On a chilly evening in February in northern Italy, a former banker and a man with a master’s degree and a book have a short discussion on a big open field.
“Mister,” said the man with the master’s degree, “how long?”
The old man chewed his cigarette butt vigorously, shrugged.
A few minutes later, the man with the master’s degree jogged onto the pitch.
This splendid scene occurred on Feb. 16 of this year — a day, truth be told, that feels a lifetime ago — when Giorgio Chiellini substituted himself back onto the pitch after five months rehabilitating a torn ACL in a 2-0 win over Brescia. The big center back and the club’s beloved captain probably gave us all at least a little bit of a scare, given the fact that his recovery was so short and his return to the field so, well, exuberant. But what else were we to expect from Chiellini?
In those five months when capitano was off the pitch, however, something happened: Matthijs de Ligt grew up. In February, the baby-faced Dutchman was no longer the handball-magnet he was earlier in the season, no longer the kid whose first touch looked a little shaky, whose passes were timidly sent. The starlet had formed a solid partnership with Leonardo Bonucci and was becoming the defender all of us knew he would become.
So now, obviously, with games on the horizon, Maurizio Sarri is left with a little conundrum: instead of having two obvious choices for a go-to starting XI, he now has three. (What’s more, Merih Demiral is ramping up his training, so soon the Bianconeri may be back to a full five central defenders, with Daniele Rugani bringing in the rear.)
Some of that conundrum is solved by a pretty obvious point: once the match days get started again, they occur in quick succession. I mean, that’s a pretty brutal slate. Juve play June 22, 26, and 30, then July 4, 7, 11, 15, 20, and 23. That’s nine games in about a month, and there’s also a Coppa Italia semifinal and hopefully/probably a final in there as well even before Serie A starts up. The implication is, of course, that this will very quickly become an all-hands-on-deck kind of season at every position group. I imagine this might help Juventus to some degree, given that the Bianconeri boast a depth that’s not even closely matched by any other side in the league, Lazio and Inter included.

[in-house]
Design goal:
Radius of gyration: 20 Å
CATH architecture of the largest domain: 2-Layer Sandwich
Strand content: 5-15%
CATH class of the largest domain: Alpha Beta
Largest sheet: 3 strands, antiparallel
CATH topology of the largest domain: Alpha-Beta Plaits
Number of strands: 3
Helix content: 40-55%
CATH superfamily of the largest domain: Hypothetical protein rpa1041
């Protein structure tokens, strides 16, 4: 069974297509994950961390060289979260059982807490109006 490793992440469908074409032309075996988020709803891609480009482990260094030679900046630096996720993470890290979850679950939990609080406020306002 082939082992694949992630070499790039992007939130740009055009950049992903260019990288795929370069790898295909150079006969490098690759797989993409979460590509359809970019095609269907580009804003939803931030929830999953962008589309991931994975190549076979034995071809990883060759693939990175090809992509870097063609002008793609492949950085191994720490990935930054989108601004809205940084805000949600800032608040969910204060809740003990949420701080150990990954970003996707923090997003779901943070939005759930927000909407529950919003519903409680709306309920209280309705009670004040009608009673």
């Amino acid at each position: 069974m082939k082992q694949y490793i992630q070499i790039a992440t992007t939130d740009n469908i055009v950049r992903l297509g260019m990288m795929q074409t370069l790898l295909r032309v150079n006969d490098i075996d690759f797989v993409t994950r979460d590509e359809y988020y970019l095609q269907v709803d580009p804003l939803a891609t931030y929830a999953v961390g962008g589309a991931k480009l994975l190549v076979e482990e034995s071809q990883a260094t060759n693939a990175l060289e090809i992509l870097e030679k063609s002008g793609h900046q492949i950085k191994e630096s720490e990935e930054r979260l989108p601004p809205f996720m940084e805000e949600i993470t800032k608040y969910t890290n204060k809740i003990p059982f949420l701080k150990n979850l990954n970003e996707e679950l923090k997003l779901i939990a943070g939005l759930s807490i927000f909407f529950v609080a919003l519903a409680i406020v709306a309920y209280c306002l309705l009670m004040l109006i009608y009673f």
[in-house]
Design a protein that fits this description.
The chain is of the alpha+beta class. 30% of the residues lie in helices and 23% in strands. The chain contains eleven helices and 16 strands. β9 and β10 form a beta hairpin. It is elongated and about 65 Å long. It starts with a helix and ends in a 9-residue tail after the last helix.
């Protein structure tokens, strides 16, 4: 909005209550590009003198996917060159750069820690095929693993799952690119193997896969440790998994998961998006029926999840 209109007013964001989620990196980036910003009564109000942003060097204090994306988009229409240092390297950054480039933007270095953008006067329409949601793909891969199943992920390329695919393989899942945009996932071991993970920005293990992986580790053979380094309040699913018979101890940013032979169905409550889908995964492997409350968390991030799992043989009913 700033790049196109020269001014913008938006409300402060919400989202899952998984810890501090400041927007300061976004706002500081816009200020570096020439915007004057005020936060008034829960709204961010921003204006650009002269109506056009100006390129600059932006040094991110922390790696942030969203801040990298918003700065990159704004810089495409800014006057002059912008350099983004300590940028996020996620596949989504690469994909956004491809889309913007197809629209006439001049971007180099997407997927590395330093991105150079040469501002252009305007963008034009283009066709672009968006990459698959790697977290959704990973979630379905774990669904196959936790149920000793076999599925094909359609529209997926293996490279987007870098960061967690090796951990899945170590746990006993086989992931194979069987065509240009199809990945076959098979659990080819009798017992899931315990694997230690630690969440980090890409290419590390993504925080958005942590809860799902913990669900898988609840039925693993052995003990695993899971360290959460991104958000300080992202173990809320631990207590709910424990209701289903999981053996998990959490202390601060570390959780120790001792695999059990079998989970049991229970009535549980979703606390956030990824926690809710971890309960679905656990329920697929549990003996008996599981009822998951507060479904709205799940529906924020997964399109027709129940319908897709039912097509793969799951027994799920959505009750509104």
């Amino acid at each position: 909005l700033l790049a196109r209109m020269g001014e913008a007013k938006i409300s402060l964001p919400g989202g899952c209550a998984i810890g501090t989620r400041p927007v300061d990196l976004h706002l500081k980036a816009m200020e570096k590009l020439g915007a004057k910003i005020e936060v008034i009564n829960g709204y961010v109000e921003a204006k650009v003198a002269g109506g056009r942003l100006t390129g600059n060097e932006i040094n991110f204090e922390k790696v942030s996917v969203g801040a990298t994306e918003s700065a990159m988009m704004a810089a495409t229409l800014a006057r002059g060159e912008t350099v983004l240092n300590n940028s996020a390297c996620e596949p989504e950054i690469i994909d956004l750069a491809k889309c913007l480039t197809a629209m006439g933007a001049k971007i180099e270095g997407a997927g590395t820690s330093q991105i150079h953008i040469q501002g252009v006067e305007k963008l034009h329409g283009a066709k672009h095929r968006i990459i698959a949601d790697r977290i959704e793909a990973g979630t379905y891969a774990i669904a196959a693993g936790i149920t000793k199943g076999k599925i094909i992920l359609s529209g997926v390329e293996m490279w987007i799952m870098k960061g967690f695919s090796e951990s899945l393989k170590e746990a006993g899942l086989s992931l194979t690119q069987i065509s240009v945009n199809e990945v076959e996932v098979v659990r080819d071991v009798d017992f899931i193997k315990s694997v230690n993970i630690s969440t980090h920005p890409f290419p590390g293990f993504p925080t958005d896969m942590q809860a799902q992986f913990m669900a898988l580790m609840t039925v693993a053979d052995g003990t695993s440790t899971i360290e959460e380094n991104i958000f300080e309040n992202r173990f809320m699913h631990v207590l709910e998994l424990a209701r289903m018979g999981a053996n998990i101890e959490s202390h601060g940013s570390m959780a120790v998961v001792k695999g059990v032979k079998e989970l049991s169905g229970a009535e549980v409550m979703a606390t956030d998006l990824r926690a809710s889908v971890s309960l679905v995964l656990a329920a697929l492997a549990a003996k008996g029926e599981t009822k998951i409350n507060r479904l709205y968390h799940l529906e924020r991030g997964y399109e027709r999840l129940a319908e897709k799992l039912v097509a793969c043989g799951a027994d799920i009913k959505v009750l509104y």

For the center backs, though, there are only two spots, and even with the potentially five rotating bodies Sarri will eventually need to confront this question: in a must-win game, which two center backs get the start?
There are theoretically three monumental, possibly season-deciding games left on the slate, assuming Juve take care of business against mid- and bottom-table sides (which I’m certainly not counting on ... who can tell what kind of effect this layoff is actually going to have?). The Bianconeri play Milan and Atalanta on back-to-back matchdays (July 7 and 11) and then the doozy, a date with Lazio on July 20. Needless to say, Sarri’s men have been clobbered by the second-place side twice this year.
So on that day, who do you choose for your center backs? Chiellini-Bonucci is the most tried and true formula, but Chiellini will have gone from recovery to a lot of action in a relatively short amount of time; we all know as well that Bonucci is particularly prone to a bad mistake here and there. Bonucci-de Ligt has seen the most action this campaign, and they’ve certainly carved out individual roles for themselves when playing together. Chiellini-de Ligt is, I’m guessing, the pair that all of us hoped we’d be seeing more of before the injury shenanigans, a romantic combination of experience and youth, grinta and physicality, the old generation with the new. Although that might be the most raw talent on the field at a given time, there are risks.
We know which pair Mad Max Allegri would take, bless his heart. But for the life of me I don’t know what Sarri would do if that game against Lazio were this evening. To some degree he’ll probably be working off the best form of the defenders, and I say “to some degree” because I imagine that Chiellini could make a mistake or two (which of course he never would!) and still get inserted into that lineup fine, but maybe it’ll come down to the recent string of performances given by Bonucci and de Ligt. Perhaps there’s even room for Demiral to enter the picture if he furiously enters the fray like he did before his own injury and makes a few statements; one presumes he’ll have the chance.
There are questions Sarri will be forced to answer everywhere on the pitch, whether that’s what to do with regista, where the heck to play Paulo Dybala, or which three attackers see the field and in what formation. For me, though, the center backs might be the most compelling of all.